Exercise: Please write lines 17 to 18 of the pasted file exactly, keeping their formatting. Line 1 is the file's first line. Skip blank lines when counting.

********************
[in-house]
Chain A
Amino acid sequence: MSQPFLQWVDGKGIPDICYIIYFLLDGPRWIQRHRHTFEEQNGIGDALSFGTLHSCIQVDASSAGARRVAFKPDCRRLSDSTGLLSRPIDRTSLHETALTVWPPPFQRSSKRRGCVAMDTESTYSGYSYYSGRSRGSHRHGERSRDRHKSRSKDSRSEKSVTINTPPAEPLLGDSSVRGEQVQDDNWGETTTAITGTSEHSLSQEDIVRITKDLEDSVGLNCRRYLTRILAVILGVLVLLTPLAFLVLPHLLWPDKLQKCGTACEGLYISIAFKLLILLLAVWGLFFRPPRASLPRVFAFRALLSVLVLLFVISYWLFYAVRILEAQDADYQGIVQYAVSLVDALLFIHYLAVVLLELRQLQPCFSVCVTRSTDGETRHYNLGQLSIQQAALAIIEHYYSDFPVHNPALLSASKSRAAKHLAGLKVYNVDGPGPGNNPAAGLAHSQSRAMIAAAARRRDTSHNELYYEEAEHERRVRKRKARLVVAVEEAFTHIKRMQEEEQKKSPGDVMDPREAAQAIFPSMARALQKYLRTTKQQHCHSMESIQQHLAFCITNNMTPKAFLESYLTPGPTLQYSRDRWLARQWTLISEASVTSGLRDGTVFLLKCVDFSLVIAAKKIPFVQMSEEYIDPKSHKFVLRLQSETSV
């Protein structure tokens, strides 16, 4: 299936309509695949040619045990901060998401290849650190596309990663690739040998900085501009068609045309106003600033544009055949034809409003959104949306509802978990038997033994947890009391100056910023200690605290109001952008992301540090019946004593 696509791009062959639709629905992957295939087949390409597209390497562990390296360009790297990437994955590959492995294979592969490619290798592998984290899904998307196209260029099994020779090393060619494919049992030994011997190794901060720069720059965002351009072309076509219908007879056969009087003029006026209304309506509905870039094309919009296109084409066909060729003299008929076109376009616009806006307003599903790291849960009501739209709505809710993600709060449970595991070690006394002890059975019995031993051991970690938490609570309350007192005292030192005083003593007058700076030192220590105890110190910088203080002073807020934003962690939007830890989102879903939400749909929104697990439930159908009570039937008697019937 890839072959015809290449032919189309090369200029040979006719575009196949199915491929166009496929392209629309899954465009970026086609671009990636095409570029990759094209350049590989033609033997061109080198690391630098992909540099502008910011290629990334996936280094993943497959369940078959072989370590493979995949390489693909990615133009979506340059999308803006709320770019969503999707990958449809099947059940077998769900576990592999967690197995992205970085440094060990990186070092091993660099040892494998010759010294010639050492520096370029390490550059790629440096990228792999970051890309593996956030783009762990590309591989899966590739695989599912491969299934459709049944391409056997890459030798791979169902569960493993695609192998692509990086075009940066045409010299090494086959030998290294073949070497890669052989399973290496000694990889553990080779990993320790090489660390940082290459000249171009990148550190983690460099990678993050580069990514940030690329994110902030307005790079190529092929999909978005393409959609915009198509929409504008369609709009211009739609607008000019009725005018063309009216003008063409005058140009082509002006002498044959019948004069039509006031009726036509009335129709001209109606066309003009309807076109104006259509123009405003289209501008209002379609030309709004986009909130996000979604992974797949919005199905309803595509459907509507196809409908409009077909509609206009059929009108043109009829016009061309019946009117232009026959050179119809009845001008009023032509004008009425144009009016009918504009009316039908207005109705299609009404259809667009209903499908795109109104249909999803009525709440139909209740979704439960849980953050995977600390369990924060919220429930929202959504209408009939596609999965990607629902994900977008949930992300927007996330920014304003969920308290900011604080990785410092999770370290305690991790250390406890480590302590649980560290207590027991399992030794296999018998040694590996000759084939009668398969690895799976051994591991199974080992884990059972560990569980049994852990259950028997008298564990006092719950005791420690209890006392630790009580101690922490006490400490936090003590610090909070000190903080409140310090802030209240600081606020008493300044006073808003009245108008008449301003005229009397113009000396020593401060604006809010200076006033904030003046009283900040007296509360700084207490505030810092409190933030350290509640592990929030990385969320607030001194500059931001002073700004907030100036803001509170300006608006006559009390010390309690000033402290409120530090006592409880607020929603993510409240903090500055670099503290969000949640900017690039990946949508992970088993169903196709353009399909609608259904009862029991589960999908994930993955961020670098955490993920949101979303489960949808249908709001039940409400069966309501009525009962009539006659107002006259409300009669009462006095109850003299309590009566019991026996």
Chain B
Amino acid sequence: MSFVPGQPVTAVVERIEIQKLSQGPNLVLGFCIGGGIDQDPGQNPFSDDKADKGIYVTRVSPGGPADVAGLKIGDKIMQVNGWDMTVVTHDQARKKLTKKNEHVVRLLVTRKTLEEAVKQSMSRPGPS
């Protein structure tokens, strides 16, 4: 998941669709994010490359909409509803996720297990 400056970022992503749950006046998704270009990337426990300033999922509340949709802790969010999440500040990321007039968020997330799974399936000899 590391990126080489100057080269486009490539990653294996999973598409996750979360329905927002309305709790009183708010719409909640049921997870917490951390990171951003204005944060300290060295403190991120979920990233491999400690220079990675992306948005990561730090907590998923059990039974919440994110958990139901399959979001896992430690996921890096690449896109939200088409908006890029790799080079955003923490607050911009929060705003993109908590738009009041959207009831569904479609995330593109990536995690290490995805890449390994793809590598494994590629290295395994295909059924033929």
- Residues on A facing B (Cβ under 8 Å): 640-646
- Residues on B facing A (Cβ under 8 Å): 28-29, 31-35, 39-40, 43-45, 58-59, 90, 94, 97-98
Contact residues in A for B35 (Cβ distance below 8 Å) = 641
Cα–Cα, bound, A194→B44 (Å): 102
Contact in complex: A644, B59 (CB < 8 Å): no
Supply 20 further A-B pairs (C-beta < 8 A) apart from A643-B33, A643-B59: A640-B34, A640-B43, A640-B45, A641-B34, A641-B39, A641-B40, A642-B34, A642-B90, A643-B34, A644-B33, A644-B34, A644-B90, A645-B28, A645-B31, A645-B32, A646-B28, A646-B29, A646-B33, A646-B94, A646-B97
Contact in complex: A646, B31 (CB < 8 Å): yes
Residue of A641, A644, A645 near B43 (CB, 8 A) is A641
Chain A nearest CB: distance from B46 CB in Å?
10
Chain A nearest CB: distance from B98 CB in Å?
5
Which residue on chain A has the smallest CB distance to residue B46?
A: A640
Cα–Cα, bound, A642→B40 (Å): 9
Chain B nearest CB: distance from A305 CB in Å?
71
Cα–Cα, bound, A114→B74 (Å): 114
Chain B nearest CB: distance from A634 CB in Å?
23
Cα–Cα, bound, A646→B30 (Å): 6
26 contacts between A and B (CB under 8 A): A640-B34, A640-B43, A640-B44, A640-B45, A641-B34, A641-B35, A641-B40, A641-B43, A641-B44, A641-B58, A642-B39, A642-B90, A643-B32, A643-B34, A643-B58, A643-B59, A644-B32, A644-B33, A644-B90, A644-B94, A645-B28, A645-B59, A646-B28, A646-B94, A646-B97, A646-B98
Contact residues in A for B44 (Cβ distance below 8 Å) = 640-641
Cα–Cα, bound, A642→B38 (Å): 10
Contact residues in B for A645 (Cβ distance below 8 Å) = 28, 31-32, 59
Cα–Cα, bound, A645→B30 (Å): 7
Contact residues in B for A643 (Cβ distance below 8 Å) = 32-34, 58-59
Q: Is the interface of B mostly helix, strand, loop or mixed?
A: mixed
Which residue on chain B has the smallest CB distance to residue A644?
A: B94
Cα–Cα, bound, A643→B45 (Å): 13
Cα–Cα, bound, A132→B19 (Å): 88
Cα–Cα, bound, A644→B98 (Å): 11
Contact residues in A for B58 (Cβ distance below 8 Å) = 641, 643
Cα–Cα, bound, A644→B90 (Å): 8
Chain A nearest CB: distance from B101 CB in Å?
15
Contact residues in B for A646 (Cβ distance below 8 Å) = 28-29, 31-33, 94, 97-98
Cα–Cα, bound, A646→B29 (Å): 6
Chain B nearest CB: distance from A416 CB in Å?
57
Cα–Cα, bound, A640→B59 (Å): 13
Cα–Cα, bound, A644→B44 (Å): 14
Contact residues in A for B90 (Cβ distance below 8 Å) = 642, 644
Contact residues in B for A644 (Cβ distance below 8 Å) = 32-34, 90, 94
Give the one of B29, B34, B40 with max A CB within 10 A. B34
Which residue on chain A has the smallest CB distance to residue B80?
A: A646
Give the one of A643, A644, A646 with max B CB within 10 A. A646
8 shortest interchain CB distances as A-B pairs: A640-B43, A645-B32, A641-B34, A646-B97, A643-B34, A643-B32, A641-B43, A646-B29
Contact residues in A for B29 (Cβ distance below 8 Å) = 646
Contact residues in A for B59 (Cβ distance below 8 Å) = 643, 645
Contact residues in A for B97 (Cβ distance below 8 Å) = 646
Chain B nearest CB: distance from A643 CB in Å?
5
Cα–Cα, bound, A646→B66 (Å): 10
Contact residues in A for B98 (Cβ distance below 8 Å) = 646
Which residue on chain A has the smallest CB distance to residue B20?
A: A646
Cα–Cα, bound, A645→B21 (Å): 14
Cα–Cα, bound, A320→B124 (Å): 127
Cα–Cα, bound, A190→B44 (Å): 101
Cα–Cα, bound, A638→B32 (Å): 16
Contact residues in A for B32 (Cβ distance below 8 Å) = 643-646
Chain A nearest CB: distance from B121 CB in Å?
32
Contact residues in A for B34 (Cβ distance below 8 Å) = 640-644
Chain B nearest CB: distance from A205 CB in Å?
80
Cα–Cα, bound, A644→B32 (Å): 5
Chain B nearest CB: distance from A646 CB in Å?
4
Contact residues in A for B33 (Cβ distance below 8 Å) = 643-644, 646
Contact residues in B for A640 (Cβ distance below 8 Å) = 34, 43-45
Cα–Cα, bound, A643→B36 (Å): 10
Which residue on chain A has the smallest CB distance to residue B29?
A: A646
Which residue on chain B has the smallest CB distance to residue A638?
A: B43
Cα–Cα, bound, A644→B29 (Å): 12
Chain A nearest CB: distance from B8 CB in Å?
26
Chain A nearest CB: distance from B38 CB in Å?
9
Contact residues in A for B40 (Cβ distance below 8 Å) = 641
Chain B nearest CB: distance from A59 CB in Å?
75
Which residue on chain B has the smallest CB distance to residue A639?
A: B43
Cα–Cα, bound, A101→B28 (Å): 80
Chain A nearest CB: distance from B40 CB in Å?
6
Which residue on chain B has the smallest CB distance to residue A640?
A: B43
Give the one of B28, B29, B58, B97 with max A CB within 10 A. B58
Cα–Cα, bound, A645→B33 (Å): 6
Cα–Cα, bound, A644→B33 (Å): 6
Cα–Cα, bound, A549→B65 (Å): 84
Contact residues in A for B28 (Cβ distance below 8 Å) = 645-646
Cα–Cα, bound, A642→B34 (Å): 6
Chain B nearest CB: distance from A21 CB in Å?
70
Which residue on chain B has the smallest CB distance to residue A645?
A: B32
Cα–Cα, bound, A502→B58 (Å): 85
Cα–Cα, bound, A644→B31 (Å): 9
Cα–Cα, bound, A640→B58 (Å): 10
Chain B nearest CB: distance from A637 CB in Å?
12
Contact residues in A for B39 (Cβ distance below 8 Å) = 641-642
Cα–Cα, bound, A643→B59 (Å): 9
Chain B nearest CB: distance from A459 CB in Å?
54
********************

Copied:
10
Chain A nearest CB: distance from B98 CB in Å?